13. 13.
    M. Kannan, R. Rajendran, I.P. Sunish, R. Balasubramaniam, N. Arunachalam, R. Paramsivan, S.C. Tewari, P.P. Samuel, B.K. Tyagi, Indian J. Med. Res. 129, 311 (2009)PubMedGoogle Scholar
  14. 14.
    M. Kielian, M.R. Klimjack, S. Ghosh, W.A. Duffus, J. Cell Biol. 134, 863 (1996)CrossRefPubMedGoogle Scholar
  15. 15.
    J.K. Fazakerley, A. Boyd, M.L. Mikkola, L. Kaariainen, J. Virol. 76, 392 (2002)CrossRefPubMedGoogle Scholar
  16. 16.
    Mayuri, T.W. Geders, J.L. Smith, R.J. Kuhn, J. Virol. 82, 7284 (2008)CrossRefPubMedGoogle Scholar
  17. 17.
    M. Vazeille, S. Moutailler, D. Coudrier, C. Rousseaux, H. Khun, M. Huerre, J. Thiria, J.S. Dehecq, D. Fontenille, I. Schuffenecker, P. Despres, A.B. Failloux, PLoS One 2, e1168 (2007)CrossRefPubMedGoogle Scholar
  18. 18.
    K.A. Tsetsarkin, D.L. Vanlandingham, C.E. McGee, S. Higgs, PLoS Pathog. 3, e201 (2007)CrossRefPubMedGoogle Scholar
  19. 19.
    F. Hasebe, M.C. Parquet, B.D. Pandey, E.G. Mathenge, K. Morita, V. Balasubramaniam, Z. Saat, A. Yusop, M. Sinniah, S. Natkunam, A. Igarashi, J. Med. Virol. 67, 370 (2002)CrossRefPubMedGoogle Scholar
  20. 20.
    T.A. Hall, Nucleic Acids Symp. Ser. 41, 95 (1999)Google Scholar
  21. 21.
    S. Kumar, K. Tamura, M. Nei, Brief Bioinform. 5, 150 (2004)CrossRefPubMedGoogle Scholar
  22. 22.
    N. Guex, M.C. Peitsch, Electrophoresis 18, 2714 (1997)CrossRefPubMedGoogle Scholar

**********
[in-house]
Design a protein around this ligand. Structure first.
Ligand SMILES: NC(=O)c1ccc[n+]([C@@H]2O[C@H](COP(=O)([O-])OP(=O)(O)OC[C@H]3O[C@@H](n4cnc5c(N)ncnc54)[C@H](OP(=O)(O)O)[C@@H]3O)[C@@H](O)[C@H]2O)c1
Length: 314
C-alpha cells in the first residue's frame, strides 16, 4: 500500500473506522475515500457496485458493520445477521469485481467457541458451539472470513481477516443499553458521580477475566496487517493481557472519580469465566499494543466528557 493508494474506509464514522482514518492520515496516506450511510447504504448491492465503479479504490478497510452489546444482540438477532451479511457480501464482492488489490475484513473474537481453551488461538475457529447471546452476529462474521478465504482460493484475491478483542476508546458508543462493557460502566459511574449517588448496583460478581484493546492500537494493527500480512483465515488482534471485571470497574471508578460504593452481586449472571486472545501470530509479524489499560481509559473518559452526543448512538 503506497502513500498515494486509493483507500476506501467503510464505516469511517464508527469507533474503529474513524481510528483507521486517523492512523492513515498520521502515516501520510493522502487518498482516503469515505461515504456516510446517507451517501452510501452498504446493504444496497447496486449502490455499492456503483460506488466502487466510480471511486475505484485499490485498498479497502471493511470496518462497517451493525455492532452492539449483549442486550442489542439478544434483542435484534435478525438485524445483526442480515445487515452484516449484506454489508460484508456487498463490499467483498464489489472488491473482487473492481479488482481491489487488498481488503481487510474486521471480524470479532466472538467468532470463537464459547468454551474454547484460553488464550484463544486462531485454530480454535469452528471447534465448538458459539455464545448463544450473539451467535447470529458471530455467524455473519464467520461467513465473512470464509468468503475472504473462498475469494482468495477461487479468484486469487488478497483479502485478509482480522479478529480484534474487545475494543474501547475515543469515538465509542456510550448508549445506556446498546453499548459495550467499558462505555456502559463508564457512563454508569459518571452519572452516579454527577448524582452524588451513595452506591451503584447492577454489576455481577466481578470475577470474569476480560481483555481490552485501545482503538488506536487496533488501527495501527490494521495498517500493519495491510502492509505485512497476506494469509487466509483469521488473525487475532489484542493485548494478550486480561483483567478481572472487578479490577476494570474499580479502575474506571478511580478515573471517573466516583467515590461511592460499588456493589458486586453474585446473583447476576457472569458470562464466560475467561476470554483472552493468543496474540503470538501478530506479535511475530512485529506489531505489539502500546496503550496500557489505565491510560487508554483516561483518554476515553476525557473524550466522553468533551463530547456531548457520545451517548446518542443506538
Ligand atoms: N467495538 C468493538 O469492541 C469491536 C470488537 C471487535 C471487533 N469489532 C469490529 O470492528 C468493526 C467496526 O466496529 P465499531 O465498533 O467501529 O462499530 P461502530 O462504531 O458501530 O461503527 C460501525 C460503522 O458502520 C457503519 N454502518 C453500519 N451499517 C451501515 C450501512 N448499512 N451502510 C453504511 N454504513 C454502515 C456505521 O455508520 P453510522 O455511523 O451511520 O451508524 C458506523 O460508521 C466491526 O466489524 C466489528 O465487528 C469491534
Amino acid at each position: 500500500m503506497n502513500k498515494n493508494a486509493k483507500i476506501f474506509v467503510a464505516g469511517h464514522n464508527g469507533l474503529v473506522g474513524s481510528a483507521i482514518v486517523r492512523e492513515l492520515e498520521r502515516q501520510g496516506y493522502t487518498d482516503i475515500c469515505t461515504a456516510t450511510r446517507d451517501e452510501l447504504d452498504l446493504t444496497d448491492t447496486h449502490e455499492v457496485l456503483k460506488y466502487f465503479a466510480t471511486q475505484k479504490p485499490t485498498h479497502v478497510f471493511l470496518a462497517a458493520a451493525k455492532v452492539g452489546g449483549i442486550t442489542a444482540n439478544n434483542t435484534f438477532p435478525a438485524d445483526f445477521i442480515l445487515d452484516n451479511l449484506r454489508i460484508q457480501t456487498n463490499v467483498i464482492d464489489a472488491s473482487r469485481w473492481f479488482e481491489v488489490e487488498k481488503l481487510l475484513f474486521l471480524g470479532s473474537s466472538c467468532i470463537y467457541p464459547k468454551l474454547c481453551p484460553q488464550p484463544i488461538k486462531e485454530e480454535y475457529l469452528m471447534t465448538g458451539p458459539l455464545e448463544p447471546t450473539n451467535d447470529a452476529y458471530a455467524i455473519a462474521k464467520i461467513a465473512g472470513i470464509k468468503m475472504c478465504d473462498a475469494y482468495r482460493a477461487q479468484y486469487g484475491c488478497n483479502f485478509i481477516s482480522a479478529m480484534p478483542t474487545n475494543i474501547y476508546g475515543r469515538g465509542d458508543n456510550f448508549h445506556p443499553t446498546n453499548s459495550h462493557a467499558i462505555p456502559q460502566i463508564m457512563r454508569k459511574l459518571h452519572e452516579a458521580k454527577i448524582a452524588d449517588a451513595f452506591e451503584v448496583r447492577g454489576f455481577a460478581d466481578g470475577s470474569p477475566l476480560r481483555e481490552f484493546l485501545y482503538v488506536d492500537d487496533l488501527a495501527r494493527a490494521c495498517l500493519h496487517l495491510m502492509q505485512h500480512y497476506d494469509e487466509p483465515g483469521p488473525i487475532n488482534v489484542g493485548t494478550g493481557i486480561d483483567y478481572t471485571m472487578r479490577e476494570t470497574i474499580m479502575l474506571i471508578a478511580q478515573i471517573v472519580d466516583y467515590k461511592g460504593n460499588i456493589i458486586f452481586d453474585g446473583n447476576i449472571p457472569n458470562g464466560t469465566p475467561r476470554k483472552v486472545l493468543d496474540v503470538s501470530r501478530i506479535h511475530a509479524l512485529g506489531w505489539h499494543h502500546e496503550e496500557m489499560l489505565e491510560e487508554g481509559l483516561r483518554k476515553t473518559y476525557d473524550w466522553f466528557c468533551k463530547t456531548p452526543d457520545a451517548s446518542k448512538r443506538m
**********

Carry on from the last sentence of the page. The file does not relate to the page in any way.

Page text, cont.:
23. 23.
    L. Willard, A. Ranjan, H. Zhang, H. Monzavi, R.F. Boyko, B.D. Sykes, D.S. Wishart, Nucleic Acids Res. 31, 3316 (2003)CrossRefPubMedGoogle Scholar
  24. 24.
    I.A. Doytchinova, P. Guan, D.R. Flower, BMC Bioinformatics 7, 131 (2006)CrossRefPubMedGoogle Scholar
  25. 25.
    A.B. Sudeep, D. Parashar, J. Biosci. 33, 443 (2008)CrossRefPubMedGoogle Scholar
  26. 26.
    F. Talarmin, F. Staïkowsky, P. Schoenlaub, A. Risbourg, X. Nicolas, A. Zagnoli, P. Boyer, Med. Trop. 67, 167 (2007)Google Scholar
  27. 27.
    J.J. Valamparmpil, S. Chirakkarot, S. Letha, C. Jayakumar, K.M. Gopinathan, Ind. J. Paediatr. 76, 151 (2009)CrossRefGoogle Scholar
  28. 28.
    S.S. Cherian, A.M. Walimbe, S.M. Jadhav, S.S. Gandhe, S.L. Hundekar, A.C. Mishra, V.A. Arankalle, Infect. Genet. Evol. 9, 16 (2009)CrossRefPubMedGoogle Scholar
  29. 29.
    N. Garmashova, R. Gorchakov, E. Frolova, I. Frolov, J. Virol. 80, 5686 (2006)CrossRefPubMedGoogle Scholar
  30. 30.
    K. Tamm, A. Merits, I. Sarand, J. Gen. Virol. 89, 676 (2008)CrossRefPubMedGoogle Scholar